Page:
Research Methods in Family Therapy

By Douglas H. Sprenkle; Fred P. Piercy | Go to book overview

CHAPTER 8
Bridging Research
USING ETHNOGRAPHY TO INFORM CLINICAL PRACTICE

CAROLYN Y. TUBBS
LINDA M. BURTON


BACKGROUND

In a recent public service announcement, The Enforcer, aired on national television, a 30-something African American mother uses a hard glare and firm tone to keep her teenage son in check. Her son laments to a friend on the telephone, “I don't know why she is tripping. It was only weed. I only tried it once.” She then appears in his bedroom door and states, “You are grounded! That means no phone!” Her demeanor throughout the short vignette conveys that she means what she says, and she says what she means: “No weed!” A disembodied announcer's voice states, “She doesn't love being tough. She's tough because she loves.” The exasperated teen grimaces each time she reminds him with the “No weed!” mantra that he is incorrectly engaging in privileges (e.g., playing video games) that have been removed. “She is the Enforcer, and she knows that she can make a difference,” the announcer asserts. Her vigilance and comments indicate that she is serious about enforcing the parameters of his grounding. Unbeknownst to the mother, the fruit of her determined parenting presence manifests itself when her son, standing near bleachers in an empty high school stadium with peers, flatly refuses an offer of a marijuana cigarette while citing his grounding as the reason. His familiar grimace and abrupt refusal highlight the lesson he has learned from his dealings with the Enforcer. The announcer's voice summarizes the primary message of the vignette. “The Enforcer: She's more than a hero—she's a good mom. You are more powerful than you know” (Office of National Drug Control Policy, 2003a).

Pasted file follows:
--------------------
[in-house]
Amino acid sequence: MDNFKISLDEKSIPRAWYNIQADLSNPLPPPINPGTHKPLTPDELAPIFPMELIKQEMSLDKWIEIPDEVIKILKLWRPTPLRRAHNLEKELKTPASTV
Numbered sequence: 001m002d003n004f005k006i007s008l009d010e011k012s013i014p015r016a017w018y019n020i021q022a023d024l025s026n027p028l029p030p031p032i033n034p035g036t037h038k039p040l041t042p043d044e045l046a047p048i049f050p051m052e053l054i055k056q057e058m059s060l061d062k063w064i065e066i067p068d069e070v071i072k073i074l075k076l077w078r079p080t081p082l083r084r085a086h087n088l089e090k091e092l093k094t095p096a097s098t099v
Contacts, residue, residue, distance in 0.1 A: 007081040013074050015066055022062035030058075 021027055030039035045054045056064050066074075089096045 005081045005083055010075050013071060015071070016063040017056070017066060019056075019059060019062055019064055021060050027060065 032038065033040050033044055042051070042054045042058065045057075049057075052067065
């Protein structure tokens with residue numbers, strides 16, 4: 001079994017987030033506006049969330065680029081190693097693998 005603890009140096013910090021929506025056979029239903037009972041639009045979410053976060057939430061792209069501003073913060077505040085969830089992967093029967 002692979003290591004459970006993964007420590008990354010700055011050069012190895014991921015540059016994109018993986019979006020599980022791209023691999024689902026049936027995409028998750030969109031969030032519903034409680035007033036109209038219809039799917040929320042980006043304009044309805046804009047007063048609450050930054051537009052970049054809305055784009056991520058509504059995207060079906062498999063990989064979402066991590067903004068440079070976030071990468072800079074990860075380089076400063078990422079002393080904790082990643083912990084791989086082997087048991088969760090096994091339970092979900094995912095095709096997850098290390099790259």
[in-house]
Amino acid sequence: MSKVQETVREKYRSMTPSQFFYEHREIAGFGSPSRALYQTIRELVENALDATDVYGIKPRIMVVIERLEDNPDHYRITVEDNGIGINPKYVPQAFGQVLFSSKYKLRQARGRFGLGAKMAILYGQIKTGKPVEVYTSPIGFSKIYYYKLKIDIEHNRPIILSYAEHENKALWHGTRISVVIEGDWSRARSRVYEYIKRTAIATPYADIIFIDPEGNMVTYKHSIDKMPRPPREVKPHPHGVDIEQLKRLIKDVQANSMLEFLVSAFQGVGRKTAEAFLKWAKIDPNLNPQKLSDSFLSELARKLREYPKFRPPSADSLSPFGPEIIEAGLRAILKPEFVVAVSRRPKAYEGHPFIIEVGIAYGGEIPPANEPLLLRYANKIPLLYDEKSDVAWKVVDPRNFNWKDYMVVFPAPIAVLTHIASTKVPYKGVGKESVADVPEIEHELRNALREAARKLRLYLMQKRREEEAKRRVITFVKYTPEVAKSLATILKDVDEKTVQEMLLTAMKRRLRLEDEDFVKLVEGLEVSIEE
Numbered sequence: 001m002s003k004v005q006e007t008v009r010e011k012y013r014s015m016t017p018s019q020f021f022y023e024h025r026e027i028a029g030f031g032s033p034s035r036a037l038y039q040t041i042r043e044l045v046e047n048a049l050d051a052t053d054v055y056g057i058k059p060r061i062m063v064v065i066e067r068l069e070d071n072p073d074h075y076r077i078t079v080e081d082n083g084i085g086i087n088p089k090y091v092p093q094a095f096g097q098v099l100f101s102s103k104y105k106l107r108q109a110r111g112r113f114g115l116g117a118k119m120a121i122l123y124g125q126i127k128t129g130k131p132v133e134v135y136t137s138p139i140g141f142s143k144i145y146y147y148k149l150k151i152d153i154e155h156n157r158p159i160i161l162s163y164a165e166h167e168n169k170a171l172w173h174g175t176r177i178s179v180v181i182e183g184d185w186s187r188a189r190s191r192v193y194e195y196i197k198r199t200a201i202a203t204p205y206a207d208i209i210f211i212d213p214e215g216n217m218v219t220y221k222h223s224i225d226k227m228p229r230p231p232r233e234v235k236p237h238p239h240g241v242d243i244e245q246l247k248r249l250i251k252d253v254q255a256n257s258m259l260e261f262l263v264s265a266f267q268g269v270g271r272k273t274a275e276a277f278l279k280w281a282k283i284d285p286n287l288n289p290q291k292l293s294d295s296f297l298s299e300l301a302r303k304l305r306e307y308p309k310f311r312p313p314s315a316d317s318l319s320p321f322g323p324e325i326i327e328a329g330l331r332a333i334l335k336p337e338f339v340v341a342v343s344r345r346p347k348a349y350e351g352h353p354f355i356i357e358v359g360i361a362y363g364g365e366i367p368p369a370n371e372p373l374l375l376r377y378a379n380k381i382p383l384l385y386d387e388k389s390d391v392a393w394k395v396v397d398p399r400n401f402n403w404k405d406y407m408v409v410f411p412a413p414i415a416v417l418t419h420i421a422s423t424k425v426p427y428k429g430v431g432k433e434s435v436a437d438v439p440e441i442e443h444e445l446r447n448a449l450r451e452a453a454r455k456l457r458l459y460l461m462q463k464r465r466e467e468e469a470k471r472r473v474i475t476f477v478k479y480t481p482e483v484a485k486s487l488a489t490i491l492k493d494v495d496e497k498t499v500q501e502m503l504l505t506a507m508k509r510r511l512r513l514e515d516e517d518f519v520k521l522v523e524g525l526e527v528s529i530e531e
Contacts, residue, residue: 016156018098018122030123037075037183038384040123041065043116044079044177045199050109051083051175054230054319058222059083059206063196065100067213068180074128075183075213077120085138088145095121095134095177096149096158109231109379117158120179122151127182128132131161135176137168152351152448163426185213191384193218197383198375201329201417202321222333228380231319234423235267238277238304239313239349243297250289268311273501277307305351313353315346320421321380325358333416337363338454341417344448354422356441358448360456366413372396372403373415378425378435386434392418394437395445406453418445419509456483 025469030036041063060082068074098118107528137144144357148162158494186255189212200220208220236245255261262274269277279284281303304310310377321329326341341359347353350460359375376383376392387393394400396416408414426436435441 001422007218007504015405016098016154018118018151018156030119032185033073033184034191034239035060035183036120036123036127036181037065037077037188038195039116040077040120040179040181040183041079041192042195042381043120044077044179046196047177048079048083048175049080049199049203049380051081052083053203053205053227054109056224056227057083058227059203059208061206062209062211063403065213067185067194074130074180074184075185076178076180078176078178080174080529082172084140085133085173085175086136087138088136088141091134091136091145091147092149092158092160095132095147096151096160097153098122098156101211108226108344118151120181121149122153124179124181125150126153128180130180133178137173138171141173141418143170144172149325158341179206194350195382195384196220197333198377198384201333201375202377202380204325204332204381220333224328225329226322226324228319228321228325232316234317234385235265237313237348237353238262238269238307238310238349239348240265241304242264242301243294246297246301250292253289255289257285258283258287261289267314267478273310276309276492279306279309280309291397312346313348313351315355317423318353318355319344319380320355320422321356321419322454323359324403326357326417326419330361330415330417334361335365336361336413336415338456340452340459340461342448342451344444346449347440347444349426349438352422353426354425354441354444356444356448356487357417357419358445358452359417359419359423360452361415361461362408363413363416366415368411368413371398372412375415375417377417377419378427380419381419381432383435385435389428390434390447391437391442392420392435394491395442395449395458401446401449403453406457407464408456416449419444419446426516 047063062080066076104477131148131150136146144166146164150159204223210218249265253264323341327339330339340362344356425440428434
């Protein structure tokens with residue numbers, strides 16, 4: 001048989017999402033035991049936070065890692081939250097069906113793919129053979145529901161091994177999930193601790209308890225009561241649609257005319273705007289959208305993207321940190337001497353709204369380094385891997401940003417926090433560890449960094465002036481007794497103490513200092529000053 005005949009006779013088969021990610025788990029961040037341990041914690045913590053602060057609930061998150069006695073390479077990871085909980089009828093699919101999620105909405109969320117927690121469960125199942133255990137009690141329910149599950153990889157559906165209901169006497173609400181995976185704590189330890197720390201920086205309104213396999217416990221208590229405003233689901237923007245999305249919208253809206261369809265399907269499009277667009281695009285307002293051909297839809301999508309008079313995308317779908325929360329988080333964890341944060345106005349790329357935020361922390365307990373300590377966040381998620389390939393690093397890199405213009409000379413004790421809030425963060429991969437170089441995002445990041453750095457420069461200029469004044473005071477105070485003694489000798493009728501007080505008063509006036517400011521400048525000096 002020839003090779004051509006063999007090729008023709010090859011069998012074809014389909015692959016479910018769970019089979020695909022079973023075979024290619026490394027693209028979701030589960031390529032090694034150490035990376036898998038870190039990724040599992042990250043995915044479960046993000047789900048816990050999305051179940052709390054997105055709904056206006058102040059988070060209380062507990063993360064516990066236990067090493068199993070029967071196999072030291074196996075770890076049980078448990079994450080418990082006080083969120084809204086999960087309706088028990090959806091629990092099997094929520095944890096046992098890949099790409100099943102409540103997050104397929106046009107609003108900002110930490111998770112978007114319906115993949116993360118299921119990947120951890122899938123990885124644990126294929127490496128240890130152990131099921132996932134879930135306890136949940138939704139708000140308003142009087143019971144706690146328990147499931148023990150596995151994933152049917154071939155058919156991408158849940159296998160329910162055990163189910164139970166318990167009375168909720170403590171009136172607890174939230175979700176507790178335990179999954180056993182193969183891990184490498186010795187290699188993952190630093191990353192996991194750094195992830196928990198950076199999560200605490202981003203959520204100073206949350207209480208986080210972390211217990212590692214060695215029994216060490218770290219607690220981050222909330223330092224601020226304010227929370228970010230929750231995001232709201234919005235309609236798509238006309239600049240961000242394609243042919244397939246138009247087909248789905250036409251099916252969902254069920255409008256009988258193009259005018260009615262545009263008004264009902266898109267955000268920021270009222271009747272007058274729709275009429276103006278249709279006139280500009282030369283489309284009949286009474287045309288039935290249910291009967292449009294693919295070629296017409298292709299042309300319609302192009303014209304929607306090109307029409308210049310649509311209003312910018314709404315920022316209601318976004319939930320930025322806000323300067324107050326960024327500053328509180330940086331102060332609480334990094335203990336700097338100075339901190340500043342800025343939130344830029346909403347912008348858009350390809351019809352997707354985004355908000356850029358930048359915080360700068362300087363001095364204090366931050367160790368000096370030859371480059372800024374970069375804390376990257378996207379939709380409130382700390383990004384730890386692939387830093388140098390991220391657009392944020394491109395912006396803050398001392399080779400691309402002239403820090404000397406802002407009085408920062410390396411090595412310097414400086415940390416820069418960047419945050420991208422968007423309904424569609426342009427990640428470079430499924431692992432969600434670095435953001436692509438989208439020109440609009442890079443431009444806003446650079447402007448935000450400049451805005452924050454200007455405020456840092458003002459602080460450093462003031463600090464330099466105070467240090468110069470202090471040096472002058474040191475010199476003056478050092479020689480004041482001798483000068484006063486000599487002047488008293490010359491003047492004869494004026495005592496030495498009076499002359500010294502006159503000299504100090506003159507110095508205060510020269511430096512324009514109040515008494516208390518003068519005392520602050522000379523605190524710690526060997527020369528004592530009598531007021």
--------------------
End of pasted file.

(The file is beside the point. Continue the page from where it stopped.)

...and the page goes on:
The seeds of this message were sowed in a survey conducted by the Partnership Attitude Tracking Study (Office of National Drug Control Policy, 2003b). The results of the study indicated that non-substance-abusing adolescents who listened to their parents' antidrug messages were less likely to engage in substance use than those who did not listen. The results also indicated that mothers were more likely than fathers to deliver antidrug messages. Just as the antidrug coalition transformed this finding into a

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